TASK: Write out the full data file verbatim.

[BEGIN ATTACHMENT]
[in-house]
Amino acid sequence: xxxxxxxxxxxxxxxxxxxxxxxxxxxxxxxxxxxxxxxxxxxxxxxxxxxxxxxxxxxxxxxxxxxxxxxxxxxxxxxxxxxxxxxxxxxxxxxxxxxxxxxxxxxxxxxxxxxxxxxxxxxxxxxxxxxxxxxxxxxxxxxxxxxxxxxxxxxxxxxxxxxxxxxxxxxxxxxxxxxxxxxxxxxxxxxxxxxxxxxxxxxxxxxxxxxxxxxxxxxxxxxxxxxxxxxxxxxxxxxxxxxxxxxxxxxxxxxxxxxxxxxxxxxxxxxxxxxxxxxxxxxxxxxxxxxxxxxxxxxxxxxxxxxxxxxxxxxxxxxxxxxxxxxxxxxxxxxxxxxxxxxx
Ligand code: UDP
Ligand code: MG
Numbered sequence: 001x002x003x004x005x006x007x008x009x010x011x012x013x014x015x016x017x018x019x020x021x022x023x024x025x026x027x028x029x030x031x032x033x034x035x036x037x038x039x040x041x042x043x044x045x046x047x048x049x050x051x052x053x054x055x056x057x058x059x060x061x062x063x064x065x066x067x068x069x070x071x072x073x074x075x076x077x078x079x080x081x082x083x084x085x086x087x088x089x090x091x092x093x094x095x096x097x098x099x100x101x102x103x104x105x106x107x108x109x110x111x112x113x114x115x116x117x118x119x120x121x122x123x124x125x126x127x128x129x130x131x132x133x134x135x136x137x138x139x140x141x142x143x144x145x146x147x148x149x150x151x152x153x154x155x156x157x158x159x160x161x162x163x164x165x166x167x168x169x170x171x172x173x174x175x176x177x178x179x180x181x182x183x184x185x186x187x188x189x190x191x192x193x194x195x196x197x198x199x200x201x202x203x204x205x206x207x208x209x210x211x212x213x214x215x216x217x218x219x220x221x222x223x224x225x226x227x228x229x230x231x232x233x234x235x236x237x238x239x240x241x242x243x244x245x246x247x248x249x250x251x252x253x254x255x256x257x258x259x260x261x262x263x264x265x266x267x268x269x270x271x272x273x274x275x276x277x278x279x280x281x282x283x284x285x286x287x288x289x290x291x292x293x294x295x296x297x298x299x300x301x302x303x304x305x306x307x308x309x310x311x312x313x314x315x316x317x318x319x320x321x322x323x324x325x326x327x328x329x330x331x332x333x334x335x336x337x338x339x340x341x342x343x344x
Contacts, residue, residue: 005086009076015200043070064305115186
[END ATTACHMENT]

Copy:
[in-house]
Amino acid sequence: xxxxxxxxxxxxxxxxxxxxxxxxxxxxxxxxxxxxxxxxxxxxxxxxxxxxxxxxxxxxxxxxxxxxxxxxxxxxxxxxxxxxxxxxxxxxxxxxxxxxxxxxxxxxxxxxxxxxxxxxxxxxxxxxxxxxxxxxxxxxxxxxxxxxxxxxxxxxxxxxxxxxxxxxxxxxxxxxxxxxxxxxxxxxxxxxxxxxxxxxxxxxxxxxxxxxxxxxxxxxxxxxxxxxxxxxxxxxxxxxxxxxxxxxxxxxxxxxxxxxxxxxxxxxxxxxxxxxxxxxxxxxxxxxxxxxxxxxxxxxxxxxxxxxxxxxxxxxxxxxxxxxxxxxxxxxxxxxxxxxxxxx
Ligand code: UDP
Ligand code: MG
Numbered sequence: 001x002x003x004x005x006x007x008x009x010x011x012x013x014x015x016x017x018x019x020x021x022x023x024x025x026x027x028x029x030x031x032x033x034x035x036x037x038x039x040x041x042x043x044x045x046x047x048x049x050x051x052x053x054x055x056x057x058x059x060x061x062x063x064x065x066x067x068x069x070x071x072x073x074x075x076x077x078x079x080x081x082x083x084x085x086x087x088x089x090x091x092x093x094x095x096x097x098x099x100x101x102x103x104x105x106x107x108x109x110x111x112x113x114x115x116x117x118x119x120x121x122x123x124x125x126x127x128x129x130x131x132x133x134x135x136x137x138x139x140x141x142x143x144x145x146x147x148x149x150x151x152x153x154x155x156x157x158x159x160x161x162x163x164x165x166x167x168x169x170x171x172x173x174x175x176x177x178x179x180x181x182x183x184x185x186x187x188x189x190x191x192x193x194x195x196x197x198x199x200x201x202x203x204x205x206x207x208x209x210x211x212x213x214x215x216x217x218x219x220x221x222x223x224x225x226x227x228x229x230x231x232x233x234x235x236x237x238x239x240x241x242x243x244x245x246x247x248x249x250x251x252x253x254x255x256x257x258x259x260x261x262x263x264x265x266x267x268x269x270x271x272x273x274x275x276x277x278x279x280x281x282x283x284x285x286x287x288x289x290x291x292x293x294x295x296x297x298x299x300x301x302x303x304x305x306x307x308x309x310x311x312x313x314x315x316x317x318x319x320x321x322x323x324x325x326x327x328x329x330x331x332x333x334x335x336x337x338x339x340x341x342x343x344x
Contacts, residue, residue: 005086009076015200043070064305115186